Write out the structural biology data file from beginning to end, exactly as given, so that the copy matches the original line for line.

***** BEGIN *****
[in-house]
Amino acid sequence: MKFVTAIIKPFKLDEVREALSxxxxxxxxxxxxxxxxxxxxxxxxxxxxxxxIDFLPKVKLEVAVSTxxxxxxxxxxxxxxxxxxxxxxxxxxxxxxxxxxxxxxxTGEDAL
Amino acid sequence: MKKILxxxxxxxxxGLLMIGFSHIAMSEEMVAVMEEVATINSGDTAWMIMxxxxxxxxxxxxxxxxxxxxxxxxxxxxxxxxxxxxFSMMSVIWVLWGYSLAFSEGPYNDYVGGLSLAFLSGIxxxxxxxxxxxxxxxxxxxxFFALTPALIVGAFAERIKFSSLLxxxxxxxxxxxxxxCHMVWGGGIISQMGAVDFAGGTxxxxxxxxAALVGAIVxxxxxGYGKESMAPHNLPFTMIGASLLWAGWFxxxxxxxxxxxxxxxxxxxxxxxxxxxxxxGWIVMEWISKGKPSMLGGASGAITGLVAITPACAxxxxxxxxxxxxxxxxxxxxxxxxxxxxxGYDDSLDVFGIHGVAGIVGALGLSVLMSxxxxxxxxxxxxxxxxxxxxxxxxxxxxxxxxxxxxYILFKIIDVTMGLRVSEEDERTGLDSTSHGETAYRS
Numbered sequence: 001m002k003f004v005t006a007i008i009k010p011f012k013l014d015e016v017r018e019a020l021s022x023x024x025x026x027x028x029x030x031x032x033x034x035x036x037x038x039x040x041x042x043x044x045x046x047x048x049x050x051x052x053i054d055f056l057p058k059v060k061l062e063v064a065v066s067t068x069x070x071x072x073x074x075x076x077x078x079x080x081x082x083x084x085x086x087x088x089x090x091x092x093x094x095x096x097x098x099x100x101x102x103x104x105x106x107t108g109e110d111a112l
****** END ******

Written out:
[in-house]
Amino acid sequence: MKFVTAIIKPFKLDEVREALSxxxxxxxxxxxxxxxxxxxxxxxxxxxxxxxIDFLPKVKLEVAVSTxxxxxxxxxxxxxxxxxxxxxxxxxxxxxxxxxxxxxxxTGEDAL
Amino acid sequence: MKKILxxxxxxxxxGLLMIGFSHIAMSEEMVAVMEEVATINSGDTAWMIMxxxxxxxxxxxxxxxxxxxxxxxxxxxxxxxxxxxxFSMMSVIWVLWGYSLAFSEGPYNDYVGGLSLAFLSGIxxxxxxxxxxxxxxxxxxxxFFALTPALIVGAFAERIKFSSLLxxxxxxxxxxxxxxCHMVWGGGIISQMGAVDFAGGTxxxxxxxxAALVGAIVxxxxxGYGKESMAPHNLPFTMIGASLLWAGWFxxxxxxxxxxxxxxxxxxxxxxxxxxxxxxGWIVMEWISKGKPSMLGGASGAITGLVAITPACAxxxxxxxxxxxxxxxxxxxxxxxxxxxxxGYDDSLDVFGIHGVAGIVGALGLSVLMSxxxxxxxxxxxxxxxxxxxxxxxxxxxxxxxxxxxxYILFKIIDVTMGLRVSEEDERTGLDSTSHGETAYRS
Numbered sequence: 001m002k003f004v005t006a007i008i009k010p011f012k013l014d015e016v017r018e019a020l021s022x023x024x025x026x027x028x029x030x031x032x033x034x035x036x037x038x039x040x041x042x043x044x045x046x047x048x049x050x051x052x053i054d055f056l057p058k059v060k061l062e063v064a065v066s067t068x069x070x071x072x073x074x075x076x077x078x079x080x081x082x083x084x085x086x087x088x089x090x091x092x093x094x095x096x097x098x099x100x101x102x103x104x105x106x107t108g109e110d111a112l